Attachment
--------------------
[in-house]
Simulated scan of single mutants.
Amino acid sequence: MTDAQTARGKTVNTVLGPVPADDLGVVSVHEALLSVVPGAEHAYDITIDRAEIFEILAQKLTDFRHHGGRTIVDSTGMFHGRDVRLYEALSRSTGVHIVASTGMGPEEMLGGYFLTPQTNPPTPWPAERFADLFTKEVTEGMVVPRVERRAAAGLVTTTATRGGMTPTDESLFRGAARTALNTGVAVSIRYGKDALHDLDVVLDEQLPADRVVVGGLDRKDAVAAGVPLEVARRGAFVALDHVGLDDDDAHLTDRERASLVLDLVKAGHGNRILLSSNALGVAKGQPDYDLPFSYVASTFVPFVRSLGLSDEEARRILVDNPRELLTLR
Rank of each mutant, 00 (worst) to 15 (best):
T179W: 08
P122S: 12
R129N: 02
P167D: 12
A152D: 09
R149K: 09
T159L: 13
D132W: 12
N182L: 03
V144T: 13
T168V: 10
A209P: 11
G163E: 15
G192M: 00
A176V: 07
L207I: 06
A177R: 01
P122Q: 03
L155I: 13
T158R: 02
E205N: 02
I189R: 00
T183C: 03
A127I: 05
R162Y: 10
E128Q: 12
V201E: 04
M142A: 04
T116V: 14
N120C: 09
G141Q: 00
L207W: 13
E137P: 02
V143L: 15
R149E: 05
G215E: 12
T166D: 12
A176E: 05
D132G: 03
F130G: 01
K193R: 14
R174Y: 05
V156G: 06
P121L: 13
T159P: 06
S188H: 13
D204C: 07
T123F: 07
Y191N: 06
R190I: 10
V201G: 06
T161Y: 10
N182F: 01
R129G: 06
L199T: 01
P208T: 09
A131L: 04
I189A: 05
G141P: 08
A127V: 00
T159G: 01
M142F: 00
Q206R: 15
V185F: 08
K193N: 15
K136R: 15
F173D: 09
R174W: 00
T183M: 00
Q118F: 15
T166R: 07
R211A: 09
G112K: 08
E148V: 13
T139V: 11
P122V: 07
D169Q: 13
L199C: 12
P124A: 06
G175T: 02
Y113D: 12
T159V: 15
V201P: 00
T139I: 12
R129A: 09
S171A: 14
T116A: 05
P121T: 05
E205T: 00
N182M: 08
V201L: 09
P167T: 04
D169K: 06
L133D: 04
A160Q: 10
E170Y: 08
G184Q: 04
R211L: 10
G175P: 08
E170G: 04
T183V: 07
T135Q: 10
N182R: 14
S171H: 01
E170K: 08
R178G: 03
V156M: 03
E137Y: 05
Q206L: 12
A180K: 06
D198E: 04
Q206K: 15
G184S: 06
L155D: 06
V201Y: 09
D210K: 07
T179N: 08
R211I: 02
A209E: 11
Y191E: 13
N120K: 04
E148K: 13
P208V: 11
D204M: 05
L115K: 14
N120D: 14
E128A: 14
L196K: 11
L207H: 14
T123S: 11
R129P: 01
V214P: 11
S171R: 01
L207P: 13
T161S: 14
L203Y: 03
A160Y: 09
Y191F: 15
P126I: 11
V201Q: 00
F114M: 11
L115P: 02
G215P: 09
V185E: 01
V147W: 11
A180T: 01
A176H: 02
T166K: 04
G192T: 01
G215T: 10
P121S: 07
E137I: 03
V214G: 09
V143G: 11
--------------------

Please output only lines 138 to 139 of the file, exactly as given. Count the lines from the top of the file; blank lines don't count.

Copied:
L207P: 13
T161S: 14